Former Max Planck Research Groups at the MPIDS
Studying the physics and physical chemistry of interfaces in multiphase flows has a practical relevance to understand the behaviour of foams (used for example in food technology...), emulsions (cosmetics, medicine, biotechnology,...) or membranes (material sciences, cell biology...). The focus of our group is the fundamental study of interfaces in liquid systems through the dynamics of droplets, bubbles and emulsions. Using microfluidic tools we produce controlled liquid structures and investigate the transient states in droplet formation, emulsification or coalescence and the influence of external fields on the dynamics of droplet interfaces. We also collaborate with biologists and biochemists on applications of droplet-based microfluidics to create new tools for the miniaturization of bio-chemical assays.
How does evolution work? Although (since Darwin) the principles of biological evolution are known, we are unable to predict her course. Rapid biotechnological advances allow, however, a direct view onto the temporal changes in the genome. The Max Planck Research Group develops theoretical models of evolutionary dynamics at the molecular level that are tested with genetic data or in experiments. Partially related biophysical projects deal with the mechanics of growing tissues.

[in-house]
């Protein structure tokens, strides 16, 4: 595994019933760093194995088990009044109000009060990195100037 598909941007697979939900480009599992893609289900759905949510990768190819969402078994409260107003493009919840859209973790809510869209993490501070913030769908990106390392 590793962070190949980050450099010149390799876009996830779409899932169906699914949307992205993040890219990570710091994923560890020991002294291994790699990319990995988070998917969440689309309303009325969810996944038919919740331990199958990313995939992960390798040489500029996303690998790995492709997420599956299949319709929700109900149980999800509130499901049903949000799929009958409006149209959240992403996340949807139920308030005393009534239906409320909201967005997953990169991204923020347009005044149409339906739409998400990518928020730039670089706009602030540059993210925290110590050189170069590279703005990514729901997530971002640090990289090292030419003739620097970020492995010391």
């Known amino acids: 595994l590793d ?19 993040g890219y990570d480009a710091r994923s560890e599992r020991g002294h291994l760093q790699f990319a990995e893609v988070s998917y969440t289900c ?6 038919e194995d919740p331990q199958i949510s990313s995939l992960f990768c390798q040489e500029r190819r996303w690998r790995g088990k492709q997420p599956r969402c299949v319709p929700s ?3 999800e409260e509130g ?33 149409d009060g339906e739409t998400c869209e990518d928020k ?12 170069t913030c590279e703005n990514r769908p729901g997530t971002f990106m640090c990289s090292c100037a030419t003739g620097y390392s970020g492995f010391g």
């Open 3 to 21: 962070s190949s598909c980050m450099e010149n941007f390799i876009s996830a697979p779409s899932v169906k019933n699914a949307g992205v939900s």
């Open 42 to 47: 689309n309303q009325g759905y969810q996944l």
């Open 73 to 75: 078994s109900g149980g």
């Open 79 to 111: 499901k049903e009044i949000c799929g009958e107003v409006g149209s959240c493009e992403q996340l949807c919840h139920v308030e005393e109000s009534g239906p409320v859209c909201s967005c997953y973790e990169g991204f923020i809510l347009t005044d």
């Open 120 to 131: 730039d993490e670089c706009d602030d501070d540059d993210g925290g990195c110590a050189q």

The Max Planck Research Group concerns itself with the origin of complex dynamical behavior in nonlinear systems. Main focus is the transition in shear flows from laminar to turbulent. Here new methods from nonlinear dynamics are applied to gain a deeper understanding of these processes. Further projects deal with elastic turbulence, the reduction of flow resistance in polymer solutions and phase transitions in granular materials.
What are the organizing principles of biological matter? The Max Planck Research Group is trying to understand the physics behind the morphological and functional attributes of living organisms. Our main focus is on understanding biological distribution systems. We use ideas from physics, mathematics and computer science to decipher the complexity of vascular webs and understand their evolution and function. In other biologically inspired projects, we investigate how structures with intricate geometries fold, and we explore questions related to thin shell elasticity and mechanics.
We are interested in how seemingly simple physical systems create unexpectedly complex patterns and dynamical behaviour. Examples are complex laminar turbulent patterns in shear flows, the formation of intricate coral like solids when crystals grow in solution, patterns in actively forced Navier-Stokes which models biological systems, the role of elasticity in micro-swimmers as well as free-surface flows in microfluidic applications. We study these systems using several aspects of continuum mechanics and transport theory entwinded with dynamical systems methods and large computer simulations.
The members of the Max Planck Research Group deal with the structure and dynamics of complex networks. A main focus of their work is the analysis and the mathematical modelling of the activity in neural networks in the brain. In oder to do this, the scientists develop the necessary mathematical tools. Apart from that, they study applications relevant for computer science, statistical physics, robotics, and artificial neural networks.